I have nothing but praise to bestow on InfiniD Learning today. In fact, this post will be a written testament to the genius of Skyler Carr, Casey Voeks, and everyone involved in the imagineering of their missions. The reason for my praise is something that happened last Friday. Let me tell an abbreviated version of the story.
Due to an error on my part, I left two of our Young Astronaut squadrons short their third mission / class rotation. I occasionally make scheduling mistakes when mapping out dates and times to get all our 23 Young Astronaut and Voyager Club squadrons fitted out with their 8 meetings for the school year. And because of one of those errors, I needed to have one team do a flight session and another team do a class session on the same day. That's a no-no, due to the fact that I can't be in two different places at the same time. My solution was something we'd never tried before.
I scheduled the two squadrons for last Friday. The 5th grade flight team and the 4th grade class / flight team met in my room at 12:45 P.M. I got the 5th grade team ready to start their mission and turned them over to Bracken. The 4th graders had their meeting extended to 3 hours instead of two. Their first two hours would be spent with me in the classroom while the 5th grade team flew their mission. They'd enter the Voyager for their 1 hour mission when the 5th graders went home. I needed to come up with an extra hour of curriculum. My solution was to have them do an InfiniD mission for the first hour before teaching them my prepared hour long astronomy lesson reserved for their 4th round.
I've never seen or supervised an InfiniD mission. I've seen bits and pieces here and there but never sat in on a whole flight. My sixth grade teaching partner does InfiniD as part of our science curriculum. Friday was my first InfiniD rodeo. I brought in the light cart, pulled up my preassigned mission, had the kids log in, pulled the window blinds, shut off the classroom lights and started the mission. What I saw amazed me.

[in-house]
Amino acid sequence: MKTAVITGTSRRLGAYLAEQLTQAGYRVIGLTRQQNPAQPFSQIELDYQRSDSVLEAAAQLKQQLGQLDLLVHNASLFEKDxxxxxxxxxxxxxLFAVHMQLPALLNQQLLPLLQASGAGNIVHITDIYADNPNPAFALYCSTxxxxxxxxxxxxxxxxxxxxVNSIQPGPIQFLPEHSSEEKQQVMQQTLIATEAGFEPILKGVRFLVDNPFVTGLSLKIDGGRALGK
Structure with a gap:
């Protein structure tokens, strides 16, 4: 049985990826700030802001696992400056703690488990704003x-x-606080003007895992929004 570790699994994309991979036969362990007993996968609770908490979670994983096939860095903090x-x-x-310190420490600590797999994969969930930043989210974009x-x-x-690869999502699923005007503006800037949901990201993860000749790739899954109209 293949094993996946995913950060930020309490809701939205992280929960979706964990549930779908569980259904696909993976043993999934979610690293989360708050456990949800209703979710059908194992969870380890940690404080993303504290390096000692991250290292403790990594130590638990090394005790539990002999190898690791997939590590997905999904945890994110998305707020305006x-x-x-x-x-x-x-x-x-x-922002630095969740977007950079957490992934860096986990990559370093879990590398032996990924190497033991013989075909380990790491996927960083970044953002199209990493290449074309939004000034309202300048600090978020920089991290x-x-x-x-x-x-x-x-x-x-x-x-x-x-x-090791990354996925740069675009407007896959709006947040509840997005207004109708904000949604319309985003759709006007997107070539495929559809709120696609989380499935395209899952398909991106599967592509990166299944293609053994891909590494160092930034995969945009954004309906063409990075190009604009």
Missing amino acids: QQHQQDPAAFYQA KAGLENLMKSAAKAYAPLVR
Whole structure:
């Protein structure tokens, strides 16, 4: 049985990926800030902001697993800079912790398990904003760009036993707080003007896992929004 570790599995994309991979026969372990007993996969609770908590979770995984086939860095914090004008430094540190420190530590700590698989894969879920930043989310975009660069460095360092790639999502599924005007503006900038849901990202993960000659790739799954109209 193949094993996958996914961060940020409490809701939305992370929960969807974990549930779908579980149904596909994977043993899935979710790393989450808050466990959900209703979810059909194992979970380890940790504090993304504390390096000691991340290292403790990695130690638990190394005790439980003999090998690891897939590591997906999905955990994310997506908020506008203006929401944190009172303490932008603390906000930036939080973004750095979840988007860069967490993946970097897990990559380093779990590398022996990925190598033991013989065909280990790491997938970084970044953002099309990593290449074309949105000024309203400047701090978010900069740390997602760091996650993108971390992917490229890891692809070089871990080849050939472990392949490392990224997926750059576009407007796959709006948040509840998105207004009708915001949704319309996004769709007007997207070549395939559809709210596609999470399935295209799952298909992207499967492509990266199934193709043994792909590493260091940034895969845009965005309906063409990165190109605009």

My 4th Grade Tiger Squadron was into the flight from the start. I thought they'd be a hard sell considering they fly in the Voyager on a regular basis, but I was dead wrong. They were 100% immersed in the mission to Mars. I didn't have a thing to do but watch and be amazed at the amount of learning taking place.
What impressed me the most was the cooperation and communication the mission brought out in the cadets. There were some heavy debates on action items and a few mission failures along the way. In fact, that InfiniD mission had my cadets just as involved in this mission as they would be on the bridge of the Voyager. In fact, they were so immersed and involved I'm beginning to consider implementing aspects of an InfiniD mission into the way we run missions in our brick and mortar ship. It was amazing!
I'm gong to implement InfiniD missions into our Young Astronaut and Voyager clubs for the cadet's 6th classroom round coming up in a month. The program will from now one be an integral part of our club. I just need to coordinate with our cadet's classroom teachers so we're not doing duplicate missions.
InfiniD team, you've taken my dream of a classroom simulator from the early 1980's and made it real. You've found a way to take the mission magic worldwide. My hat is off to what you've accomplished and I'm proud to be the voice of your computer.